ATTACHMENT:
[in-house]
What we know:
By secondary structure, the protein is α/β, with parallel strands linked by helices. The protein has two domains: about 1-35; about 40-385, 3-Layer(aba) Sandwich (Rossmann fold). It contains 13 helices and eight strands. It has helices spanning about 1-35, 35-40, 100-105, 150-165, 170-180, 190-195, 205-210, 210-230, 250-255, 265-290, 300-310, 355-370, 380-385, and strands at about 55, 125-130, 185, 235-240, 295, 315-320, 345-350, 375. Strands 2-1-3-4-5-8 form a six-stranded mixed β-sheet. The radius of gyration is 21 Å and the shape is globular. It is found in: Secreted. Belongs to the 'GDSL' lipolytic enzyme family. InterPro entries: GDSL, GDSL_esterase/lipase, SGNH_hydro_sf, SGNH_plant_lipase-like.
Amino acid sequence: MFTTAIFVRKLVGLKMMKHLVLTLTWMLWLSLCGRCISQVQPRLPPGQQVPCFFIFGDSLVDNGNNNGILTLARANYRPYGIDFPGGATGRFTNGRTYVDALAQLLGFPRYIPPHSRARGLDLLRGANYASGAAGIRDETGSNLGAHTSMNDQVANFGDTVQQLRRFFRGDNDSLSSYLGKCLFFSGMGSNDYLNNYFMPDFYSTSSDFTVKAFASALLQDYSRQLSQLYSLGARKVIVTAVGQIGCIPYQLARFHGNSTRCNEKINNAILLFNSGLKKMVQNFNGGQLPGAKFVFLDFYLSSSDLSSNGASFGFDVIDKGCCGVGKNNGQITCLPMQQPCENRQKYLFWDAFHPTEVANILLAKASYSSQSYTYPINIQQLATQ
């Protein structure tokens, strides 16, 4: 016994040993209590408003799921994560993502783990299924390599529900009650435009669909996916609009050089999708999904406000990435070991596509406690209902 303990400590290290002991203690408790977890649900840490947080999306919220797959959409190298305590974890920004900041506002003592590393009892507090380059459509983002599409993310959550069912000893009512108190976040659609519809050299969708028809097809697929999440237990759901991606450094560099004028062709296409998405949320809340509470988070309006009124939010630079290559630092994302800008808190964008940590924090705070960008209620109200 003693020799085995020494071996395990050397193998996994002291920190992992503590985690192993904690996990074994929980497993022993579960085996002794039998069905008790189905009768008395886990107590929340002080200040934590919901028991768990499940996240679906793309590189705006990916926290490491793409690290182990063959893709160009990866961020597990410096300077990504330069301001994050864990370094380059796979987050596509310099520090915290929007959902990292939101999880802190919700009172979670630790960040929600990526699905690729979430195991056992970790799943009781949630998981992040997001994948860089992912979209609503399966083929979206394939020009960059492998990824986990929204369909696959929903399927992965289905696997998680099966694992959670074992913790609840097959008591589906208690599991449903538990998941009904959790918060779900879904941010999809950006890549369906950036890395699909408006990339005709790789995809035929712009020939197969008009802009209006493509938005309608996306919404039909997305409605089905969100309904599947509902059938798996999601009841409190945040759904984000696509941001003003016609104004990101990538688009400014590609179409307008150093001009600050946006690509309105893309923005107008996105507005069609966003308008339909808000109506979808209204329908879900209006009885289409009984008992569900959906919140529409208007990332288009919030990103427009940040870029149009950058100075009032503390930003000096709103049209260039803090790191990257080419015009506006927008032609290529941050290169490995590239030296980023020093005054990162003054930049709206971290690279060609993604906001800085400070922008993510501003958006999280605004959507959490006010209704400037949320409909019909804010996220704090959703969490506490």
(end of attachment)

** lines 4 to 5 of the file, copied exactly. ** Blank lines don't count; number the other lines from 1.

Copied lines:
Amino acid sequence: MFTTAIFVRKLVGLKMMKHLVLTLTWMLWLSLCGRCISQVQPRLPPGQQVPCFFIFGDSLVDNGNNNGILTLARANYRPYGIDFPGGATGRFTNGRTYVDALAQLLGFPRYIPPHSRARGLDLLRGANYASGAAGIRDETGSNLGAHTSMNDQVANFGDTVQQLRRFFRGDNDSLSSYLGKCLFFSGMGSNDYLNNYFMPDFYSTSSDFTVKAFASALLQDYSRQLSQLYSLGARKVIVTAVGQIGCIPYQLARFHGNSTRCNEKINNAILLFNSGLKKMVQNFNGGQLPGAKFVFLDFYLSSSDLSSNGASFGFDVIDKGCCGVGKNNGQITCLPMQQPCENRQKYLFWDAFHPTEVANILLAKASYSSQSYTYPINIQQLATQ
């Protein structure tokens, strides 16, 4: 016994040993209590408003799921994560993502783990299924390599529900009650435009669909996916609009050089999708999904406000990435070991596509406690209902 303990400590290290002991203690408790977890649900840490947080999306919220797959959409190298305590974890920004900041506002003592590393009892507090380059459509983002599409993310959550069912000893009512108190976040659609519809050299969708028809097809697929999440237990759901991606450094560099004028062709296409998405949320809340509470988070309006009124939010630079290559630092994302800008808190964008940590924090705070960008209620109200 003693020799085995020494071996395990050397193998996994002291920190992992503590985690192993904690996990074994929980497993022993579960085996002794039998069905008790189905009768008395886990107590929340002080200040934590919901028991768990499940996240679906793309590189705006990916926290490491793409690290182990063959893709160009990866961020597990410096300077990504330069301001994050864990370094380059796979987050596509310099520090915290929007959902990292939101999880802190919700009172979670630790960040929600990526699905690729979430195991056992970790799943009781949630998981992040997001994948860089992912979209609503399966083929979206394939020009960059492998990824986990929204369909696959929903399927992965289905696997998680099966694992959670074992913790609840097959008591589906208690599991449903538990998941009904959790918060779900879904941010999809950006890549369906950036890395699909408006990339005709790789995809035929712009020939197969008009802009209006493509938005309608996306919404039909997305409605089905969100309904599947509902059938798996999601009841409190945040759904984000696509941001003003016609104004990101990538688009400014590609179409307008150093001009600050946006690509309105893309923005107008996105507005069609966003308008339909808000109506979808209204329908879900209006009885289409009984008992569900959906919140529409208007990332288009919030990103427009940040870029149009950058100075009032503390930003000096709103049209260039803090790191990257080419015009506006927008032609290529941050290169490995590239030296980023020093005054990162003054930049709206971290690279060609993604906001800085400070922008993510501003958006999280605004959507959490006010209704400037949320409909019909804010996220704090959703969490506490």